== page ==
Automobile sales raced past a record 11.1 lakh units in January, beating the previous best posted in September last, as consumers rushed to drive away their dream machines before a possible rollback of last year’s tax cuts. Car sales too zoomed to a new record of 1.45 lakh units in the first month of the calendar, beating the previous best of 1.33 lakh sales recorded in November 2009, according to the latest data released by Society of Indian Automobile Manufacturers (SIAM) on Tuesday.
The spurt in sales, while reflecting the prevailing upbeat mood of the recovering economy and availability of cheap loans, is also partly attributed to fears that the vehicle prices will move up after the Union budget on February 26. With inflation still reigning high and economic growth well on track, many experts and analysts expect finance minister Pranab Mukherjee to withdraw the tax cut implemented last year.
This may lead to slower rise in vehicle sales in the coming months. “We fear if the stimulus measures go away in the upcoming budget, (and) future demand could be affected,” said Mayank Parekh, marketing and sales executive officer of Maruti Suzuki, the country’s largest carmaker. Vaishali Jajoo an auto analyst at Angel Broking, said the sales growth was marginally higher than expectations, but added that the uncertainty around the upcoming budget with respect to price hikes could also have led car buyers to advance their purchase decisions and car dealers to push sales. “ This is also expected to be true for sales during the current month,” she added.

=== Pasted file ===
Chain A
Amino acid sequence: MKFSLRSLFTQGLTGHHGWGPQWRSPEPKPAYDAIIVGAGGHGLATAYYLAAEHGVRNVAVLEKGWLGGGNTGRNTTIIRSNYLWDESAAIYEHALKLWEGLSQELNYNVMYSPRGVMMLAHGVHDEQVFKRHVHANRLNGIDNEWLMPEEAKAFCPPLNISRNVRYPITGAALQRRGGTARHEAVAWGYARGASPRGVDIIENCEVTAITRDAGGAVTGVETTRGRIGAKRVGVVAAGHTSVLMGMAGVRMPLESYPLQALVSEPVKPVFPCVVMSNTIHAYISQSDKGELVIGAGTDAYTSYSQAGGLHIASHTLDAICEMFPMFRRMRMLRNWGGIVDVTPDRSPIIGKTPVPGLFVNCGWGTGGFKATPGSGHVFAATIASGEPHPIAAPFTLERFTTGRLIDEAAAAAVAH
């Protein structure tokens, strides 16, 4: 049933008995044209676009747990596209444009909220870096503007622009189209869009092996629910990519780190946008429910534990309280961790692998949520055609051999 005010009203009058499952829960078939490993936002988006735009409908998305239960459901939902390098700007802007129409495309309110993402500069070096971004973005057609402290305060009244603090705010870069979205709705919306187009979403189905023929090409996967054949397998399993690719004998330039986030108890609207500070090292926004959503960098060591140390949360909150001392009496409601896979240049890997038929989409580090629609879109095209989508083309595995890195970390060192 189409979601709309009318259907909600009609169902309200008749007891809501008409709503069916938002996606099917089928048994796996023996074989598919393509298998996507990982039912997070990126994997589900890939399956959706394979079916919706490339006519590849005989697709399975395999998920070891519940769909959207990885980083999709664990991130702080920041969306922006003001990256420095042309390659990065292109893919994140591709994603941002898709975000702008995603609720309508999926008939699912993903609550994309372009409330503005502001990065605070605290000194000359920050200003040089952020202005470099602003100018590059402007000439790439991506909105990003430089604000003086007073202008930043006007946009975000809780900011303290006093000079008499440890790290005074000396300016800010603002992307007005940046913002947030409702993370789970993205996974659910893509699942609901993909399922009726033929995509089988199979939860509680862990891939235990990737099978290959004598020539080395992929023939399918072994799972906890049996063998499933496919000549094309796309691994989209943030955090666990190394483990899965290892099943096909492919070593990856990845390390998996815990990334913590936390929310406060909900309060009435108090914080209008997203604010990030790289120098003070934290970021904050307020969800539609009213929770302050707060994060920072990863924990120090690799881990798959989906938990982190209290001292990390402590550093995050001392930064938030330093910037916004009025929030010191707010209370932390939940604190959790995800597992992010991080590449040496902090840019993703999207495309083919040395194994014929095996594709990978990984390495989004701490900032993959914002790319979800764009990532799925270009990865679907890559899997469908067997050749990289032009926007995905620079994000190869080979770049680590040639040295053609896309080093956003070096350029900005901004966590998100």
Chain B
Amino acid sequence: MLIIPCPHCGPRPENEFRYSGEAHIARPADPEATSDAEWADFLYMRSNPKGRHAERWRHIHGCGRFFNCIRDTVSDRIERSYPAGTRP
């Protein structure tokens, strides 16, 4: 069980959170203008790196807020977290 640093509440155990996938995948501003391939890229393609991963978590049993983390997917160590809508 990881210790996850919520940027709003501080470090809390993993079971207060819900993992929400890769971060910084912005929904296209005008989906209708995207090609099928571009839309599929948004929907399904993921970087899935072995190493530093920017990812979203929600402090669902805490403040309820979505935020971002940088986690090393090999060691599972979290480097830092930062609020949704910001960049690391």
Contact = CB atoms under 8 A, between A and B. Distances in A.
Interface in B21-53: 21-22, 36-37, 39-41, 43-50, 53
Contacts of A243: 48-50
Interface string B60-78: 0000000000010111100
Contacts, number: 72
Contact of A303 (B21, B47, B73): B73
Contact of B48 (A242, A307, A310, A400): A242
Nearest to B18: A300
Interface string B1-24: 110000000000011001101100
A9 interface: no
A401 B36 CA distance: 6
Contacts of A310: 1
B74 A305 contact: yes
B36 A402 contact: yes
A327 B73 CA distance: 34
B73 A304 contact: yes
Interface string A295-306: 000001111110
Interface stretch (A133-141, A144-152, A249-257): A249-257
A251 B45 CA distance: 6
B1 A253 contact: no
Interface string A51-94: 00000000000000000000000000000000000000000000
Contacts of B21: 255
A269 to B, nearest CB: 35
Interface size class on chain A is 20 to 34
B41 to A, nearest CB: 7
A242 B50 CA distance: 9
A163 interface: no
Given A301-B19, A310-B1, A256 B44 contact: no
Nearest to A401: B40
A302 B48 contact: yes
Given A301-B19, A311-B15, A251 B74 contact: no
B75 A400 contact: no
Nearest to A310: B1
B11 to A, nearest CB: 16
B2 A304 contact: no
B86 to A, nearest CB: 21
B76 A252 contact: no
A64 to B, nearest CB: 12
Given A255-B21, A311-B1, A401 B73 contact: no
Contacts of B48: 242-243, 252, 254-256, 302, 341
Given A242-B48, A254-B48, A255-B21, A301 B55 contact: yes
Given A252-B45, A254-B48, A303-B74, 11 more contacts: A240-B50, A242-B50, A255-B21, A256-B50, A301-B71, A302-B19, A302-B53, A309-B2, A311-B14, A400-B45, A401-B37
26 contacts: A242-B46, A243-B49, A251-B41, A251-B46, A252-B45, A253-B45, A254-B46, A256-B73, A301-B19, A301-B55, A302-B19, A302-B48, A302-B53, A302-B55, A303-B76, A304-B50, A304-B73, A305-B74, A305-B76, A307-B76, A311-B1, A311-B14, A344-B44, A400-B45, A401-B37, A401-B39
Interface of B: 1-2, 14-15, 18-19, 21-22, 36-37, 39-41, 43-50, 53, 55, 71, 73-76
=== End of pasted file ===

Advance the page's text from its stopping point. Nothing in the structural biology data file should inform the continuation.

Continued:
Maruti sold a little over 81,000 vehicles this January, an increase of 21.02 per cent over the year-ago period. Its main rival Korean automaker Hyundai Motor recorded a much more impressive 40.85 per cent jump in sales to 29,601 units. The year-on-year growth in car sales at 32 per cent in January was almost half the more than 60 per cent growth in sales recorded in November’09. Car sales had increased 40.2 per cent y-o-y in December.
The high growth in the last two months of 2009, however, was also due to low base effect in 2008 when economic slowdown had hit auto sales, forcing the government to come out with a stimulus package in December.
Source: The Economic Times